Congresswoman Michele Bachmann, Minnesota Republican, has never been a favorite of liberal pundits and commentators. Groups like moveon.org and the Daily Kos have been taking shots at her for some time now. However, some are wondering if she has plans for 2012.
She traveled to Iowa last week, and gave her response to President Barack Obama’s State of the Union to the Tea Party Express on Tuesday night. It is no surprise she angers up the left into a complete frenzy.
Jillian Rayfield at Talking Points Memo sniffed at Ms. Bachmann’s reference to John Quincy Adams as someone who was ardently against the practice of slavery: (all bolding is mine)
Speaking at an Iowans For Tax Relief event, Bachmann (R-MN) also noted how slavery was a “scourge” on American history, but added that “we also know that the very founders that wrote those documents worked tirelessly until slavery was no more in the United States.”
“And,” she continued, “I think it is high time that we recognize the contribution of our forbearers who worked tirelessly — men like John Quincy Adams, who would not rest until slavery was extinguished in the country.”
It’s true — Adams became a vocal opponent of slavery, especially during his time in the House of Representatives. But Adams was not one of the founders, nor did he live to see the Emancipation Proclamation signed in 1863 (he died in 1848).
For one thing, Ms. Bachmann cites Mr. Adams as a forebearer not a founding father in the example TPM notes above. The two terms are not necessarily the same. Forbearer can simply means descendent or ancestor and does not have to refer to a “Founding Father.” Considering Congresswoman Bachmann is referring to a legislator who served in the House during the 1830’s, the terminology makes sense for her to say it.
Secondly, the third paragraph pretty much glosses over the fact that Mr. Adams, also a former president, went back to the House of Representatives after his term in the White House and successfully defended, before the Supreme Court, slaves accused of murdering the crew of the Amistad. According to U.S. archives:
President John Quincy Adams argued the defendants’ case. Adams defended the right of the accused to fight to regain their freedom. The Supreme Court decided in favor of the Africans, and 35 of them were returned to their homeland.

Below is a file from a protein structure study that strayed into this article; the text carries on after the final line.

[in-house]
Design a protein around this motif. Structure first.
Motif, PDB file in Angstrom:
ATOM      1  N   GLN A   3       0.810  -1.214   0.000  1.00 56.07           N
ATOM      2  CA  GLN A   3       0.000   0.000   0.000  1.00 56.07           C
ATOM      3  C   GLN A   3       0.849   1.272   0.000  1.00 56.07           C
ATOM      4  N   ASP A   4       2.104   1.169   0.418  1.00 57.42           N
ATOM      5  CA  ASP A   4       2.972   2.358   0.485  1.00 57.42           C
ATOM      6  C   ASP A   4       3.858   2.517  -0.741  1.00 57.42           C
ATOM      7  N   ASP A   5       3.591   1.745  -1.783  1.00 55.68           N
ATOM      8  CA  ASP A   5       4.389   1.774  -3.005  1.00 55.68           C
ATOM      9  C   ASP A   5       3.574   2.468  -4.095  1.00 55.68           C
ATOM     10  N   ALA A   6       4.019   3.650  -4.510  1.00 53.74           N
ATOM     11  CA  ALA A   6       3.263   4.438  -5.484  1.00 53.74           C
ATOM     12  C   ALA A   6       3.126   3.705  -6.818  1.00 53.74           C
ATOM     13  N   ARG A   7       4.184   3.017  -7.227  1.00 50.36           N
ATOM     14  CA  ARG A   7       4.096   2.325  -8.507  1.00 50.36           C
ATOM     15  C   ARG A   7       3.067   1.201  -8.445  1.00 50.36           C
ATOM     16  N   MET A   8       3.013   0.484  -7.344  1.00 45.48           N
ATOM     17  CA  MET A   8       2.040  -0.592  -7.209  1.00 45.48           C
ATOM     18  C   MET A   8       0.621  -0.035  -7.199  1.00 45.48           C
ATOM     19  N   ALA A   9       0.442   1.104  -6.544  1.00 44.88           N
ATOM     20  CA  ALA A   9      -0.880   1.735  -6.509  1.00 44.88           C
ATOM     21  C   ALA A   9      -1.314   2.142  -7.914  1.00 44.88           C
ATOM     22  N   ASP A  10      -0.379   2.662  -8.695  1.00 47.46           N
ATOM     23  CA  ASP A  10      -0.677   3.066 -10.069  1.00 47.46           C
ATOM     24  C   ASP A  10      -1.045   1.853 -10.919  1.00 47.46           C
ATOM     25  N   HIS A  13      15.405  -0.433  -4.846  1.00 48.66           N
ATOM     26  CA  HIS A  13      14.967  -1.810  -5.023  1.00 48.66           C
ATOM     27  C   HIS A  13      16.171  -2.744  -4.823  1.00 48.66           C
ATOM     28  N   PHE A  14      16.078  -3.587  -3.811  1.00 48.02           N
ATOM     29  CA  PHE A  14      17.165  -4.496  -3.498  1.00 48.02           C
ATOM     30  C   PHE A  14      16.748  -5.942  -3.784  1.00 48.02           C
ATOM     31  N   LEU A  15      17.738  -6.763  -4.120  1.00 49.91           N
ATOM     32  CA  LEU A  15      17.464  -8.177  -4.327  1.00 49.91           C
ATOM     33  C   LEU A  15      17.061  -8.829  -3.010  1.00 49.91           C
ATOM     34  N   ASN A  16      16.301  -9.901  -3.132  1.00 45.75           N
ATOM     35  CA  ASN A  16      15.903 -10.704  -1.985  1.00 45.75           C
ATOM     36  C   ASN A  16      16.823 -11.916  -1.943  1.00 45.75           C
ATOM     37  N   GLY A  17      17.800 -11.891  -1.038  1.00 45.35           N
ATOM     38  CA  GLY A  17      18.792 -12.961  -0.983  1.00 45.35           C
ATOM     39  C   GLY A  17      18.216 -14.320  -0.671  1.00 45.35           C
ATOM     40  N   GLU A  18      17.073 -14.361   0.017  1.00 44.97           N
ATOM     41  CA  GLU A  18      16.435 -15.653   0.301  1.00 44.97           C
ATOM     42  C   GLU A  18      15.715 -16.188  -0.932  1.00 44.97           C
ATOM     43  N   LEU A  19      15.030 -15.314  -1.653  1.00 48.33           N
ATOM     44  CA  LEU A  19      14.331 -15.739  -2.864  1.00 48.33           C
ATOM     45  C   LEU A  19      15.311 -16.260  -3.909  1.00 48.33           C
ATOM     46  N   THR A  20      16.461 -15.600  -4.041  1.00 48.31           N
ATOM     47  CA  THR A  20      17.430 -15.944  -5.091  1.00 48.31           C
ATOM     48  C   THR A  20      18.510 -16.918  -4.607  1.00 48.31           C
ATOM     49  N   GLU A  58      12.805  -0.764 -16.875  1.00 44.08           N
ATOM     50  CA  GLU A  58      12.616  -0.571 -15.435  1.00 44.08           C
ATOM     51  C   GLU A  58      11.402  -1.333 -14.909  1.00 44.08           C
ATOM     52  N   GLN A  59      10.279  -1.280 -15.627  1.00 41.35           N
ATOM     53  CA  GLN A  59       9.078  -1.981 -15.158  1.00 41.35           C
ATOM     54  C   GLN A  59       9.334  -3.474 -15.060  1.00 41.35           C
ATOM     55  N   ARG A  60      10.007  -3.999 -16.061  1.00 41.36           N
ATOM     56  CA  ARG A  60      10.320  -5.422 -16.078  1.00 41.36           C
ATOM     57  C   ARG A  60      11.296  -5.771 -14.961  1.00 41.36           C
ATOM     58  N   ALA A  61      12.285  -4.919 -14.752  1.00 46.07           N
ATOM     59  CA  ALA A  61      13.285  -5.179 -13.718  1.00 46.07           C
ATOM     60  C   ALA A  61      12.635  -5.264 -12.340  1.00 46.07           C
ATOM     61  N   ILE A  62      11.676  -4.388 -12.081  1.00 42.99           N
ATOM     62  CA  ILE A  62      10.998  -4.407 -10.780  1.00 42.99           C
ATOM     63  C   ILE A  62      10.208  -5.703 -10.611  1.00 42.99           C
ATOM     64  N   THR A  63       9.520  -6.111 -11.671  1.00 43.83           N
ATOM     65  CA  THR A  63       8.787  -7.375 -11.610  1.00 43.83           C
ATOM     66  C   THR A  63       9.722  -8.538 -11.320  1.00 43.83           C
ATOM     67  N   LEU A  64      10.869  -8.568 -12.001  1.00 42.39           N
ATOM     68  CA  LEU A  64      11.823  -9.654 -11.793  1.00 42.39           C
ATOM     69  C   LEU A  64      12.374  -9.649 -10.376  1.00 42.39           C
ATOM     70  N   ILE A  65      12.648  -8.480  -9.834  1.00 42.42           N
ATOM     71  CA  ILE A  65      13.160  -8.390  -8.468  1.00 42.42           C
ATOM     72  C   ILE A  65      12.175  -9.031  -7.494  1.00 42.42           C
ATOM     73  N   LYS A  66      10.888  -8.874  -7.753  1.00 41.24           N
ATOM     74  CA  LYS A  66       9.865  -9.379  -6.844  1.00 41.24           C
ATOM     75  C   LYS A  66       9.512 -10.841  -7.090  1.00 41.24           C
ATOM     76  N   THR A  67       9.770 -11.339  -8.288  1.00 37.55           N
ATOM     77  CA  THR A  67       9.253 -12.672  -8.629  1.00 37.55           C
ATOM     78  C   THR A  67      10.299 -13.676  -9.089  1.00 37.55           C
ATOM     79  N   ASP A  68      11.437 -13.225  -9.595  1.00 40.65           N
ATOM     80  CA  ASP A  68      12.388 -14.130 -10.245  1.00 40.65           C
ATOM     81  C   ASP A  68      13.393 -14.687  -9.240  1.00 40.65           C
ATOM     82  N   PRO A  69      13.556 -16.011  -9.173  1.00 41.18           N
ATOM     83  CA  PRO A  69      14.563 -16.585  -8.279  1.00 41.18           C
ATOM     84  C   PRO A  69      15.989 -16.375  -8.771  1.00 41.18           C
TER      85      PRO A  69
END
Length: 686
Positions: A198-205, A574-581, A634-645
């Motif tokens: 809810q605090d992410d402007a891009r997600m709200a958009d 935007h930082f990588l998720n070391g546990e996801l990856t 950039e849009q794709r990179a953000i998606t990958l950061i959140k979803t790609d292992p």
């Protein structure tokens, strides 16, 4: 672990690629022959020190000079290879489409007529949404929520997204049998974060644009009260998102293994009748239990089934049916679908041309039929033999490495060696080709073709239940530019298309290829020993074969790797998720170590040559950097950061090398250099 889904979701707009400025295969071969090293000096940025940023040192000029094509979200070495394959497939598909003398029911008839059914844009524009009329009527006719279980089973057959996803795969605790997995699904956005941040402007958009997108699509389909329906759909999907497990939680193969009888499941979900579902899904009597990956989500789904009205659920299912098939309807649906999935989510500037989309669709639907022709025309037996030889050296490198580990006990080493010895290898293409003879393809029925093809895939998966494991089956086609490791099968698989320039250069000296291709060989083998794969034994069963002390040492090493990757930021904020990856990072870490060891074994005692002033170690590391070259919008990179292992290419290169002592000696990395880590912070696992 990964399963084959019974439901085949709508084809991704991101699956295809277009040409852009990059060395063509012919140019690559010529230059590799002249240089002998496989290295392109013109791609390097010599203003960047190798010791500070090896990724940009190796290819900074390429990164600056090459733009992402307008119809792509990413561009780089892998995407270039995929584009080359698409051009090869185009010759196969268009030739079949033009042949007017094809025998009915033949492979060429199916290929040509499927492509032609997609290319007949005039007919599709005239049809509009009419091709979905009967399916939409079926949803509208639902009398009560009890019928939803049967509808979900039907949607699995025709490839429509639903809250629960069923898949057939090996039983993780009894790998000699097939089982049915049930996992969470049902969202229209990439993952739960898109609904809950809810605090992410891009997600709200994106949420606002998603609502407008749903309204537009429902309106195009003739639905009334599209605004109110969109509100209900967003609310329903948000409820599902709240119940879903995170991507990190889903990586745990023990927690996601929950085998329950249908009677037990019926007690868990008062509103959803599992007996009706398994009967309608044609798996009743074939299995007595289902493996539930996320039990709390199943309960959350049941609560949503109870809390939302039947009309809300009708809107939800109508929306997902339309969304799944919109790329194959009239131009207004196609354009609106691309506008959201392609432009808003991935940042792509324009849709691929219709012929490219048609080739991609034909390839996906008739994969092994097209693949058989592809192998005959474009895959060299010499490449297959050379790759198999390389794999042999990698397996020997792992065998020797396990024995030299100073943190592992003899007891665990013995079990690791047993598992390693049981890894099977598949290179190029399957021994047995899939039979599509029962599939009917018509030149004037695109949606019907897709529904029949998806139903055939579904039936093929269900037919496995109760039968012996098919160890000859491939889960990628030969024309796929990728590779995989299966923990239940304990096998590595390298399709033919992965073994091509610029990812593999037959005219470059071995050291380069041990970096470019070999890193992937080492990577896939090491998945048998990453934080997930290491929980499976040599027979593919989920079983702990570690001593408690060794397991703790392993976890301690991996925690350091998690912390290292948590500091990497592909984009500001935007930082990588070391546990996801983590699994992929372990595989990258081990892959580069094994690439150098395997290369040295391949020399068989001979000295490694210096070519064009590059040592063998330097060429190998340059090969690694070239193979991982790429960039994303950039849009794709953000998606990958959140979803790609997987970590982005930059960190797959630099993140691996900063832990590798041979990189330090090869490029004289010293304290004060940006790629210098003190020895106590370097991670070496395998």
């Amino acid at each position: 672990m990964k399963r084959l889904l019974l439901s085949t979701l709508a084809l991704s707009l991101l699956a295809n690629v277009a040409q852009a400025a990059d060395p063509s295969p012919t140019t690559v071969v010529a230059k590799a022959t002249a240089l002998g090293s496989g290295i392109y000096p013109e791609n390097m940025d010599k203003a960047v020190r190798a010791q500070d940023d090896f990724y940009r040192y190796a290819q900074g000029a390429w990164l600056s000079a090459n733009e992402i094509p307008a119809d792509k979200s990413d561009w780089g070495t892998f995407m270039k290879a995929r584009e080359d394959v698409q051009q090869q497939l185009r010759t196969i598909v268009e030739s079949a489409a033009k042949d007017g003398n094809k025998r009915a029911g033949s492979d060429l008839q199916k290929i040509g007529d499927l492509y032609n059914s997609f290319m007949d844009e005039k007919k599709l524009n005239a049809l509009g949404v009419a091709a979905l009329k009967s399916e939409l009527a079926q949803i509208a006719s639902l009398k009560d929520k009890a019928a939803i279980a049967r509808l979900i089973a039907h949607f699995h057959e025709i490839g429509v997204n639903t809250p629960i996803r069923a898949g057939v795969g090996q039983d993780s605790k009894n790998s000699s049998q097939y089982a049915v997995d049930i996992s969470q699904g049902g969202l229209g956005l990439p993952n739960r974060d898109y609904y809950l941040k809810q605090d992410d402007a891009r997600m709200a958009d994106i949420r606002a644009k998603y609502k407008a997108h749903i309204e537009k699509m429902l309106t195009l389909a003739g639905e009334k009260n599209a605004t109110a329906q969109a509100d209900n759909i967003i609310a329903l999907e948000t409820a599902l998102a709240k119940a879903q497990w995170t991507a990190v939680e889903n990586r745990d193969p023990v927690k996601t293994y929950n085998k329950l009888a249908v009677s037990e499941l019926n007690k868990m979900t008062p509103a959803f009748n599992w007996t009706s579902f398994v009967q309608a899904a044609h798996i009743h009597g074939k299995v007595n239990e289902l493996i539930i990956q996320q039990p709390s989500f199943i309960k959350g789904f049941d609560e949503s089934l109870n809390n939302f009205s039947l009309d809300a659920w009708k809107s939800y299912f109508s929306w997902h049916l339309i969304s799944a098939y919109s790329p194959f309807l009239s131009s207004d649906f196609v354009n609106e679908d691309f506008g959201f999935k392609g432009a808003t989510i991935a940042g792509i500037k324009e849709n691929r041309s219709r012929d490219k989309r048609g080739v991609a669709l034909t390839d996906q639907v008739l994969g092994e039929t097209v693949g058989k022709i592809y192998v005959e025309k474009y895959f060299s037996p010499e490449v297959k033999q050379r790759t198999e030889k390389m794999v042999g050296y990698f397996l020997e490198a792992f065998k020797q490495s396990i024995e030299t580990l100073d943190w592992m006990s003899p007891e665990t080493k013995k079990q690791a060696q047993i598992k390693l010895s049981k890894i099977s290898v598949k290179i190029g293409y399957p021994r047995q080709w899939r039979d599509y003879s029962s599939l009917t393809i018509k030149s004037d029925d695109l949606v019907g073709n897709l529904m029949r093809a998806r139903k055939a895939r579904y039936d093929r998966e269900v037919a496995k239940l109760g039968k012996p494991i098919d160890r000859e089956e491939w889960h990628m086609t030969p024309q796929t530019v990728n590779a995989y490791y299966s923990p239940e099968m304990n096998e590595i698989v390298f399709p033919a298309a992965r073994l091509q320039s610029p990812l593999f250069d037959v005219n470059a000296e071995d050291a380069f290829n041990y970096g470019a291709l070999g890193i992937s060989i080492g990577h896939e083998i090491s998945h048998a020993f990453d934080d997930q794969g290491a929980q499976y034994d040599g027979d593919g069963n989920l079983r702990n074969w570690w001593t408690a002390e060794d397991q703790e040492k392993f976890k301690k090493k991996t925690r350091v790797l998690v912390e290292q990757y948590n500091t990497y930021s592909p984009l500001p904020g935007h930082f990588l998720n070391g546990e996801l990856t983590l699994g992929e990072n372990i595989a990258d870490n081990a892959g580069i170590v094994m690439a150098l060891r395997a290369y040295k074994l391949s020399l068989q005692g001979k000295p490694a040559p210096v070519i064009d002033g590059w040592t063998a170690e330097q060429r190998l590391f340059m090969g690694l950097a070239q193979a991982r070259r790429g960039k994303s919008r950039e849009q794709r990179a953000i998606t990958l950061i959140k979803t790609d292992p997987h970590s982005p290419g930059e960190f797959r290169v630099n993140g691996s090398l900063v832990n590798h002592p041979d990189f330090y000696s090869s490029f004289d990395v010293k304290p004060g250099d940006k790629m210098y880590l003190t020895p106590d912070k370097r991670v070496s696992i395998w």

However, it appears that TPM’s Ms. Rayfield believes that the work of Mr. Adams does not mean that much in abolitionist history. Apparently, successfully defending African slaves accused of murder in 1839 before the U.S. Supreme Court only allows the former president to be known as a “vocal opponent” of slavery at TPM.
At the Washington Post Jonathan Capehart picked up TPM’s piece above and wrote:
Talking Points Memo corrected Bachmann’s history lesson by pointing out that Adams wasn’t one of the founders and that he died 15 years before the Emancipation Proclamation. Perhaps she was thinking of John Adams, the second president of the United States, who is different from John Quincy Adams, the new nation’s sixth president. And let’s just forget about that whole three-fifths compromise thing in Article 1, Section 2, paragraph 3 of the Constitution that counted slaves as three-fifths of a person for the purposes of figuring out how many representatives would be apportioned to each state.
This is fascinating. While taking shots at the Minnesota Congresswoman for her reference to John Quincy Adams, Jonathan Capehart picks up the flub where Ms. Rayfield left off. Mr. Capehart is trying to mislead his readers or the MSNBC viewers (see video above) by omitting the main issue that the 3/5 compromise was, in fact, a step toward weakening the slave states’ power in the House of Representatives.
Either Mr. Capehart actually knows this important piece of information and seems to enjoy playing with nonsense rhetoric, or he would have preferred the south to have more power in the Congress than they ended up having as a result of the 3/5 compromise. I am going to assume the former.
Along with MSNBC’s Chris Matthews calling her a “balloon head” earlier in the week, it is no surprise Rep. Bachmann told me on Monday, the night before the State of the Union, when I asked her about 2012 plans, she said:
“My focus now is on the bigger issues and the questions for 2012. What are the questions that will be answered? what are the issues that will be focused on for 2012? I think if the entire focus for the next 24 months is just on who the nominee will be that that will be too narrow going forward. While that is certainly part of what the dialog will be I don’t want to see the issues lost in the mix. That’s what my goal in going to Iowa was—to talk about that bigger picture.”